As regular readers know, there are two ongoing efforts to restore the American chestnut tree to our forests after it was virtually exterminated by disease. One cross-breeds it with resistant Chinese chestnut trees, the other uses genetic modification and is getting close to being released into the wild.
But what are they going to do about that other destroyed or young trees: deer?
White-tailed deer like to eat young trees, when they’re just starting out and are still tender and juicy. Deer have become so numerous in places that they alter the forest makeup by obliterating the undergrowth. This could be a real obstacle in attempts to resurrect the chestnut, reports a new study from the Northern Research State of the USDA:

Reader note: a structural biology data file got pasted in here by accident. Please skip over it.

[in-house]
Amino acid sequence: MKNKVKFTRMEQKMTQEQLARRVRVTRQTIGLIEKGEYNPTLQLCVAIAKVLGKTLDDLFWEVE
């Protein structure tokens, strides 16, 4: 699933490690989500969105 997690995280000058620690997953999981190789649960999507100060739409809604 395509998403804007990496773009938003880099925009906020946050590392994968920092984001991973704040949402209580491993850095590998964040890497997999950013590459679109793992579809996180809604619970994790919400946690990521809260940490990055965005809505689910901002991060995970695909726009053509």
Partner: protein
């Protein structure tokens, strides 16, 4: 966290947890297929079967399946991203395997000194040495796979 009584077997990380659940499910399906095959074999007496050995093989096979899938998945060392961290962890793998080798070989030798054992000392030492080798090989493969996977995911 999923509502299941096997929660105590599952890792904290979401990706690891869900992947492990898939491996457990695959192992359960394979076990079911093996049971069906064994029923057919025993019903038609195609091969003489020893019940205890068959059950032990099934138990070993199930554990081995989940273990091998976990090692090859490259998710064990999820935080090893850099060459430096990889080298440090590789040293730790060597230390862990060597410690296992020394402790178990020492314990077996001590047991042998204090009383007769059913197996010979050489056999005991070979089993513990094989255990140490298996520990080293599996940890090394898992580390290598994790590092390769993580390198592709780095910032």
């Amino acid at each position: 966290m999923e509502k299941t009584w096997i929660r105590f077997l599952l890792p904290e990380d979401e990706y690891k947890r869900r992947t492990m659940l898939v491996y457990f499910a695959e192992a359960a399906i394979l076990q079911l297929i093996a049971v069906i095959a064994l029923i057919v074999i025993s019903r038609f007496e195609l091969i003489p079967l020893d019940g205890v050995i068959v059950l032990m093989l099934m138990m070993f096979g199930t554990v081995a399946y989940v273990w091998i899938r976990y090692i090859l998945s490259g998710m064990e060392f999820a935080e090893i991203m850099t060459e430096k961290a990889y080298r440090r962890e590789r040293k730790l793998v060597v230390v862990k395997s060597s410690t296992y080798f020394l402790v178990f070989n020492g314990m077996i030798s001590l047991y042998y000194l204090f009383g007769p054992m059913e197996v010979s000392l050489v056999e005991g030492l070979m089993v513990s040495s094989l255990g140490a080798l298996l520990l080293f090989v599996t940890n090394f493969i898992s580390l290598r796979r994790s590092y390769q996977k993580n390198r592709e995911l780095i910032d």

We found that after six years, chestnuts planted in fences were 65 percent taller and 35 larger in basal diameter than chestnuts in unfenced areas. .. The competitive status of chestnuts in unfenced plots remained stagnant over time due to repeated browsing, while it increased in fenced plots over time. Our results suggest that fencing or other means of reducing herbivory will be necessary to protect planted chestnuts in areas with moderate or high deer densities.
“Other means of reducing herbivory” sounds like hunting to me.
The study is here.
Maybe we will be asked to volunteer to wrap all the chestnuts with burlap every winter. Or hang Irish Spring soap from their branches.
State F&G departments have no incentive to make rules that will lower the deer herd. Actually, the opposite is true. It’s called job security.